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Lethbridge Herald Newspaper Archives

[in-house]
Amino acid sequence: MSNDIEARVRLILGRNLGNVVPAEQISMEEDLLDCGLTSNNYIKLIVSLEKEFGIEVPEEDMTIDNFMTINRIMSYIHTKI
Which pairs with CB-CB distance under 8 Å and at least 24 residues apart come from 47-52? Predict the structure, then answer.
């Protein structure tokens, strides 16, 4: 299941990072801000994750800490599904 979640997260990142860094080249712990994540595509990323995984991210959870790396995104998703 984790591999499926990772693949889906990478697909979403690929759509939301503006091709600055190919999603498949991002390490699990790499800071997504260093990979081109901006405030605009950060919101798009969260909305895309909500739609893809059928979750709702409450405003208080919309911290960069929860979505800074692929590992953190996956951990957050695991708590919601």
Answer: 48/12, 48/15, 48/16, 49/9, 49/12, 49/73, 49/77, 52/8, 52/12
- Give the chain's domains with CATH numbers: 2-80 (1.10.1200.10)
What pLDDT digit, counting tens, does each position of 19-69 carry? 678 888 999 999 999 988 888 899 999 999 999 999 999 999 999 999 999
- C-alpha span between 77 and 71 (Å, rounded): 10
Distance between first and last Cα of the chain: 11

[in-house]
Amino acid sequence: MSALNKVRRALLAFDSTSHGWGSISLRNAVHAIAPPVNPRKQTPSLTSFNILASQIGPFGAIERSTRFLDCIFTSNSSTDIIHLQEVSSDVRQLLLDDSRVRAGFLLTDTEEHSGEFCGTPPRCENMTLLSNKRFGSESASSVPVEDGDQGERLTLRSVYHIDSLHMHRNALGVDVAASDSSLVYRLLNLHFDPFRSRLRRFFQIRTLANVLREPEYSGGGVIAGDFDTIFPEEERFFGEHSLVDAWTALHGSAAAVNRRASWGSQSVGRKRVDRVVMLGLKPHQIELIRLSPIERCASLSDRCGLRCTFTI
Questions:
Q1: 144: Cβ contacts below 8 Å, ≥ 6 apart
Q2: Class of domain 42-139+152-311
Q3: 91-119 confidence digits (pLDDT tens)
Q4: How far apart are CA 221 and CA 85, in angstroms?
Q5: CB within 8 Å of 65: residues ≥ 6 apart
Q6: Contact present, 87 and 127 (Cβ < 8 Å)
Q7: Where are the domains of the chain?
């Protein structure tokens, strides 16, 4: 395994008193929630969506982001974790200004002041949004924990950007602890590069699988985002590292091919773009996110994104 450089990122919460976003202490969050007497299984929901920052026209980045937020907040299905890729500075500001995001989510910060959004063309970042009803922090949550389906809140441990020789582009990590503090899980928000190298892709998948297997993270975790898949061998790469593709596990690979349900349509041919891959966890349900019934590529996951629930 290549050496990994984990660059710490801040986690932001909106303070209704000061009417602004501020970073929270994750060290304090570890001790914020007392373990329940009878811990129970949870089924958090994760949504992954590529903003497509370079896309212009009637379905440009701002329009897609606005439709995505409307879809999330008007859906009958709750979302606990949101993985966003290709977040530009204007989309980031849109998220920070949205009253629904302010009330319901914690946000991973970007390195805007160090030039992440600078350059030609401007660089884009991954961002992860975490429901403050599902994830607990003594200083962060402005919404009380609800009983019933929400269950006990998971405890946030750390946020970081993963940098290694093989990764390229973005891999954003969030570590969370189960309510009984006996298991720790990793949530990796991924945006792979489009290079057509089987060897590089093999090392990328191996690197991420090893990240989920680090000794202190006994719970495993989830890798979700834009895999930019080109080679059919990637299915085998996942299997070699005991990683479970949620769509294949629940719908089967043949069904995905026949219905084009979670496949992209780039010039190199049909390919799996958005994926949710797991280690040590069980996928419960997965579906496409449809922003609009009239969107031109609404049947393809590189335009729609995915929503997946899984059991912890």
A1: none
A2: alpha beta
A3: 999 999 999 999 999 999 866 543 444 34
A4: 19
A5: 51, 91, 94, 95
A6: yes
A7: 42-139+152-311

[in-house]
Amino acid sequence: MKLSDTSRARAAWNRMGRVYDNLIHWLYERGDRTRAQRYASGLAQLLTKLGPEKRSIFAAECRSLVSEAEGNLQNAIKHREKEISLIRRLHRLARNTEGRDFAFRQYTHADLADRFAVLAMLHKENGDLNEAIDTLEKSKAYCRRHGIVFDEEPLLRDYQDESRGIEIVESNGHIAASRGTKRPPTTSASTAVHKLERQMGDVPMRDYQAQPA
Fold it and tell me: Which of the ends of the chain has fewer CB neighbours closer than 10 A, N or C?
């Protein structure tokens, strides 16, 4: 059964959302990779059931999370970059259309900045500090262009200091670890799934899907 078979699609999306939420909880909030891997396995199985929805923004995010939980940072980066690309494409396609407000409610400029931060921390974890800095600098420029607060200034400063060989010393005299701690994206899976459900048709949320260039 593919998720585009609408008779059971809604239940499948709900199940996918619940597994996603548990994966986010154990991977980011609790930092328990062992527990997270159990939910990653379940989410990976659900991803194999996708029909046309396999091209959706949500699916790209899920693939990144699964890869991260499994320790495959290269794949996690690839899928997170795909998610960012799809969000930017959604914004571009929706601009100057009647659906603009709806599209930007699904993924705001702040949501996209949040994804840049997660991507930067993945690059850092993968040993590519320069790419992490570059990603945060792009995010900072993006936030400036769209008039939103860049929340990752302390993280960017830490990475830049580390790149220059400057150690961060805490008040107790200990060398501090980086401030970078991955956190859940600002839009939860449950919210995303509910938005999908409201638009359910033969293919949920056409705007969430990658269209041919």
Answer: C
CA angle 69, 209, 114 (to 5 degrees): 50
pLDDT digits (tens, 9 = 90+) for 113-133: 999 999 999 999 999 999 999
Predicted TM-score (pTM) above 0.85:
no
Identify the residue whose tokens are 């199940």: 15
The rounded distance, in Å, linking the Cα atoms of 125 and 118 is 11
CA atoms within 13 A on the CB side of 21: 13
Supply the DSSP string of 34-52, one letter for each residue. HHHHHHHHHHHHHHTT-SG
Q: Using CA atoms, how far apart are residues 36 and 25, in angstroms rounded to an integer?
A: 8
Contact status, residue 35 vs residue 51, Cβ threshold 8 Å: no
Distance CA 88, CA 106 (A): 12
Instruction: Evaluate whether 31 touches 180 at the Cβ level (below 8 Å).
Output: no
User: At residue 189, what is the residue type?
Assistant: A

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Lethbridge Herald, The (Newspaper) - June 21, 1974, Lethbridge, Alberta Friday, June 21, 1974 THE LETKBRIDGE HERALD Joan Water field Goldie Hawn shows talent in latest movie Goldie Hawn is a unique talent and true heir to Judy Holliday, with the same enchanting mix of innocence and shrewdness found in the late Miss Holliday's characterizations. They yet have to find a Born Yesterday, Phfft or Solid Gold Cadillac for Goldie, but The Sugarland Express goes a fair way to giving her showcase material. "Express" races through crash-bang comedy as Goldie persuades her husband to bust out of jail and get on a mad ride to Sugarland, Texas, to recover their soon-to-be- adopted baby. Enroute a highway patrolman (Michael Sacks) is I run a very simple business. Do you know who I am? picked up and the three are pursued by police captain Ben Johnson, a kindly man who has a hard time riding herd on his trigger-happy posse. Material for comedy? Yes indeed. In car chases that may be the final wrapup of the stock thrill initiated by Bullitt. In the deft eyeing of improbable yet appalling real people who link into the widely-puolicized glory ride; on TV reportage; of Goldie and her trading stamps. The cast, top and bottom, is first-rate. You'll dote on Goldie Hawn in a film that would have been impossible to make without her, William Atherton as the husband, weak but immensely likeable, and Michael Sacks, an actor to watch as the uptight young of- ficer who breaks through his mould to become warm and human. And did you ever see Ben Johnson put a foot wrong? Johnson has been around since early John Ford westerns, got Academy award recognition for his performance in The Last Picture Show, but this time he's even better. All this enthusiasm for a dandy movie that falls apart at the end in a tragic shoot-out a la Bonnie and Clyde. Admittedly the story is bas- ed on a true incident, but if ever a movie cried out to forget fact and heavy social commentary this one does. Enough is said and truthfully with the light but penetrating touch. EL RANCHO HOTEL YOUR ENTERTAINMENT CENTRE 'Where the Action Is' NOW APPEARING in the in the. in the, OUTRIDER TAVERN BRIAN NELSON AZTEC LOUNGE BRIAN ANTHONY Songs and Stylings FRONTIER DINING ROOM For your dancing and listening pleasure "HARRY BAILEY" at the Keyboard and Organ SATURDAY BOMBSHELLS HOSTESS CHIPS KRESGE SPECIAL, Box PIC MIX CANDY Limit 6 Ibs. per customer Men's Short Sleeve Shirts Regular Values to 4.98. KRESGE SPECIAL MISSES' DENIM SANDALS Regular 1.59. KRESGE SPECIAL BARBECUE Motorized with hood, 24" diameter. Regular 19.97. KRESGE SPECIAL Items on from 8 p.m. Friday until 6 p.m. Saturday, while last So, a two-thirds super movie and in that proportion Sugarland Express is well worth seeing. Tonight the curtain rises on the R. I. Baker school produc- tion of The Clown and His Cir- cus and at its fall the youngsters will say goodbye to their mentor Murray Robison. How fortunate these young people have been to be guided by the director of Coaldale Little Theatre. As with that group Murray has always resisted the "flash success" preferring to make for himself and those who work with him a place of discovery. It is typical of him that his delight in tonight's production is not in the play as it was originally written, but what his young players have found and created. It is also typical that this nationally recognized director should choose to give his assistance to the Playgoers' recent production of Breath of Spring by working backstage and in the lighting booth. Now at the close of his career as a teacher at Baker, let it be hoped that it will not be too long before audiences are given the delight of another Murray Robison production; and that young people will continue to be ex- posed to the Robison philosophy. It's a good and giving one. If you note some peculiar happenings these warm evenings in front of the Bowman Arts Centre be assured that it is only the Playgoers in rehearsal. The hilarity afflicting the cast is the product of the vehi- cle Priscilla Pringle's Predicament or All's Swell That Ends Swell. A melodrama written on waves of alliteration by Ed Bayly, it is to be staged out at the Ex- hibition Pavilion during Fair week. Travelling? Even the short distance to Calgary will be particularly rewarding with the Bolshoi Ballet at the Jubi- lee Auditorium July 8 and 9. The entire company of HO will travel west in chartered jet and bring with it a full compliment of scenery, costumes and other accessories. Twelve top stars, prima ballerinas and leading male dancers of the Bolshoi will be supported by the corps de ballet and a lull symphony orchestra recruited from Canada's leading symphony companies. A varied program will include Act Two from Tchaikovsky's Swan Lake, Walpurgis Night from Gounod's Faust, Act Two from Giselle and the Third Act from Don Quixote together with highlight selec- tions from ballets to the'music of Chopin, Glinka, Prokofiev, Gliere, Delibes and Gluck. Still in Calgary, Palisade Arts will present four com- edies at the Centennial Planetarium theatre, The series opens with Campbell Smith directing Who's Who by Waterhouse and Hale to be followed by Noel Coward's Private Lives (director Kenneth The Owl and the Pussy Cat (Harold Baldridge) and I Do, I Do (Michael Run starts July 3 at 8 p.m., more details available from Ken Dyba at 264-2030. Head north to Edmonton and you can take in part of the season of Alberta Barter Theatre which performs at the outdoor theatre located behind Corbett Hall. There are no fixed admis- sion charges and seats cannot be reserved in advance, the admission system is very simple; if you can't afford to pay, the box office will accept trade goods instead. The theatre finished its 1973 season with about a ton-and-a- half of cast-off clothing, so if you roll up to the theatre with that old pair of jeans you've been meaning to discard, ex- pect a starving artist routine from the students operating the front-of-house. Whatever, a buck-fifty will always get you in. And for stay-at-homes, This Country in The Morning offers the opportunity to hear an old friend. Professor Ib Nonnecke, formerly with the research station here and now of Guelph University, is a regular giving gardening ad- vice to phone-in listeners. Record 13.5 million eligible to vote OTTAWA (CP) A record 13.5 million voters will be eli- gible to cast ballots in the July 8 election, Chief Electoral Officer Jean-Marc Hamel says He based this on the 13.35 million names on the prelimi- nary voters list issued last week, and which is to be up- dated in the next week. The preliminary list's total is up about 255.000 from the official list for the Oct. 30, 1972 election. The figures were included in a welter of statistics released by the chief electoral officer. The number of candidates, for example, is easily surpassing the previous record total of 1.117 in the 1972 election. Only the Liberals and the Conservatives have nominated a full slate of 264 candidates. The Democratic Party nominated 262. failing to post candidates in two Quebec rid- held by Liberal Alexandre Cyr in the last Commons, and Kamouraska. 0 COACH LOUNGE GENE LENNEN nightly for your entertainment TAVERN NI6HTLY "WES KUCHERAN" Phone 327-3191 AN INNS HOTEL SOUTHERN ALBERTA THEATRES CARDSTON Mayfair Theatre "ROMEO JULIET" in color. Friday. Saturday. June 21 and 22. Shows at and 9.00 p.m. ADULT. "PARDNERS" m color. Starring Dean Martin and Jerry Lewis. Saturday Matinee at p.m. FAMILY, FORT MACLEOD Empress Theatre "LITTLE BIG MAN" in color. Starring Dustm Friday. SaSurday. June 21 and 22. Friday. June 12 snow at p.m. ADULT. NOT SUITABLE FOR CHILDREN MILK RIVER Sunland Theatre "HELLS ANGELS ON WHEELS" m color. Starring Adam Rourke Friday. Saturday, June 21 and 22 Friday show al 8.30 p.m MATURE ADULTS ONLY. PINCHER CREEK Fox Theatre "CLASS OF "44" in color. Starring Gary Grimes and Jerry Houser. Friday, Saturday. June 21 and 22 Friday June 21 shows at 7-00 and p.m. ADULT. NOT SUITABLE FOR CHILDREN. SATURDAY MATINEE: "THE LAST SAFARI" in color. Snow at p m. FAMILY. TABER Tower Theatre "THE SOUNDER" in color. Starring Cecily Tyson and Paul Wmdlield. Friday. Saturday. June 21 and 22 Friday snow al and 9.00 p m. FAMILY. "THE COURT JESTER" SATURDAY MAT3NEE Starring Danny Kaye. June 22 snow at p.m. Show Times Friday. June 21 PARAMOUNT THEATRE EXORCIST 7 00 9 00 No Short Subjects TWO COMPLETE SHOWS 00 9 00 RESTRICTED ADULT PARAMOUNT CINEMA Short Subjecls 2 15 7 15 9 20 WHERE THE L1LL1ES SLOOM 240 740940 LAST COMPLETE SHOW 920 FAMILY ENTERTAINMENT COLLEGE CINEMA Short Subjeds 7 00 9 C5 SUGARLAND EXPRESS 7 15 9 ?5 LAST COMPLETE SHOW 9 05 ADULT NOT SUITABLE FOR CHILDREN GREEN ACRES DRIVE IN THEATRE CAH1LI US MARSHALL 1000 WIAURlE 1205 ONE COMPLETE SHOW 10 DO GATES OPEN DO FAMILY ENTERTAINMENT Plenty of Grouchos There was plenty of Grouchos to go around for Marx Brothers fans as well- wishers attended a look-alike contest for Groucho, second from left, at a Holly- wood tribute last month. On Groucho's arm is companion Erin Fleming who passed up the moustache but couldn't resist the cigar. Actors may go on strike held by Charles-Eugene Dionne for the Social Credit party in the last Parliament. Social Credit nominated 152. j The Communist party and the Marxist-Leninist party, another left-wing group, will have their party names on the ballot for the first time this year because they officially are recognized as parties. Governor set for film role GREAT FALLS. Montana Producer Elliott Kastner has induced Governor Thomas L. Judge of Montana to make a cameo appearance in "Rancho now film- ing in Montana's Yellowstone Park region. Frank Perry directs the modern day western comedy starring Jeff Bridges, Sam Waterston. Slim Pickens. Elizabeth Ashley, Clifton James. Patti D'Arbanville and Maggie Wellman. "Rancho Deluxe" will be rleased by United Artists, an entertainment service of Transamerica Corporation. Governor Judge recently initiated a large scale program to attract film com- panies to Montana. "Rancho Deluxe" is the second major motion picture to take advan- tage of the Governor's program and film entirely in the State during the past 12 months. UA's "Thunderbolt and Lightfoot." starring Clint Eastwood, and currently in release, also was filmed in the Great Falls area. LOS ANGELES (AP) The Screen Actors Guild in the United States is asking its 000 members for strike authorization. Ballots were sent out this week to learn whether guild members are willing to set a July 1 deadline for reaching a contract settlement without a strike. The AFL CIO union is ask- ing motion picture and televi- sion producers for a 25 per cent increase in basic minimum scales and a signifi- cant improvement in the way actors are paid for TV reruns. The guild is asking that ac- tors be paid 100 per cent of their original salary every time a television show is repeated on the three U.S. TV networks during prime time. At present, the first time a show is rerun, actors get 50 per cent of the minimum scale of a week plus-15 per cent of the money they earn above scale. The residuals decrease gradually with each further repetition. Spokesmen for the union and the Association of Motion Picture and Television Producers said Wednesday they are optimistic about reaching a settlement without a strike. Aviv's largest auditorium was a victory for the orchestra's musical director, virtuoso Zubin Mehta, who has pushed for years to remove the ban. PLAYWRIGHT DIES PHILADELPHIA (AP) George Kelly, 87, Pulitzer prize winning playwright, has died. Kelly, uncle cf Princess Grace of Monaco, had lived in Sun City, Calif., a desert retirement village. The last surviving member of a generation of 10 talented Kellys, George Kelly delighted theatre audiences for 50 years with his scathing satire and wit. His first play. The Showoff. was produced in 1924 He won the Pulitzer Prize in 1926 for his play. Craig's Wife. END BAN JERUSALEM (AP) The Israel Philharmonic Orchestra decided yesterday to end its ban on playing music by Richard Wagner. The German composer's works had been ruled out by the orchestra on grounds he was an anti Semite and was idolized by Hitler. The orchestra and the Israeli state radio both have banned music by Wagner and Richard Strauss since Israel became independent in 1948. citing the Jewish state's bitter memory of Germany's mass extermination of Jews during the Second World War. The decision to play a Wagner concert June 26 in Tel paramount cinema NOW SHOWING AT P.M. Wonderful Family Attraction Productions where the lilies bloom A Robert BRadn.izMT Ksr> CHILDREN 75CANYTIME i i Hair, Dfrsn Starlon f w. w.r MATINEE SATURDAY AT P.M. THIS WEEKEND at the LEGION Friday: Beaver Room 49'ERS Saturday: Cabaret LAMPLIGHTERS Vimy Lounge 49'ERS MEMBERS AND INVITED QUESTS ONLY paramount TONIGHT thru TUES. 1 AT P.M. RESTRICTED ADULT Frightening tale of demonic potvession extremely course language and ,-epultive sequences may be disturbing to some. THE EXORCIST CAUSES STIR LONDON (Reuter) Linda Lovelace, star of the sex film Deep Throat, caused a stir at Britain's fashionable Ascot horserace meeting for the se- cond consecutive day yester- day. This time she wore an outfit of see through lace, without panties. Editor dies TORONTO (CP) Stan McCabe. 45. a senior editor who was with The Canadian Press for 19 years, died of a heart attack at his home yesterday. Mr, McCabe. a native of Springhill Junction. N.S.. join- ed CP. Canada's national news gathering co operative, in 1955 and worked in CP bureaus in Edmonton. Winnipeg. Vancouver and Toronto. He was Ontario news editor from 1968 to 1970. He started his newspaper career as a reporter with Halifax Mail Star in 1948 and moved that year to British United Press, where he work- ed until 1955. HURRY LAST FEW DAYS! AH Seats iNs Show S2.50 College Shopping Mall college cinema 20th Ave. Mayor Mayjth Or 328 6300 NOW SHOWING AT and p.m. SUITABLE FOR CHILDREN A girl with a great following... 600 troopers on her tail. And the rest of the country cheering her on. nir puniioi nun int ouaHiiLtinu LltniLlW green acres drive-in SH.VV 1100 TONIGHT SAT. and SUN. FAMILY FIRST RUN DRIVE-IN i I- l I i IWTNO.21 JOHN WAYNE Gates Open 9 15 p m One Cornplete Show I 1000 p m I ;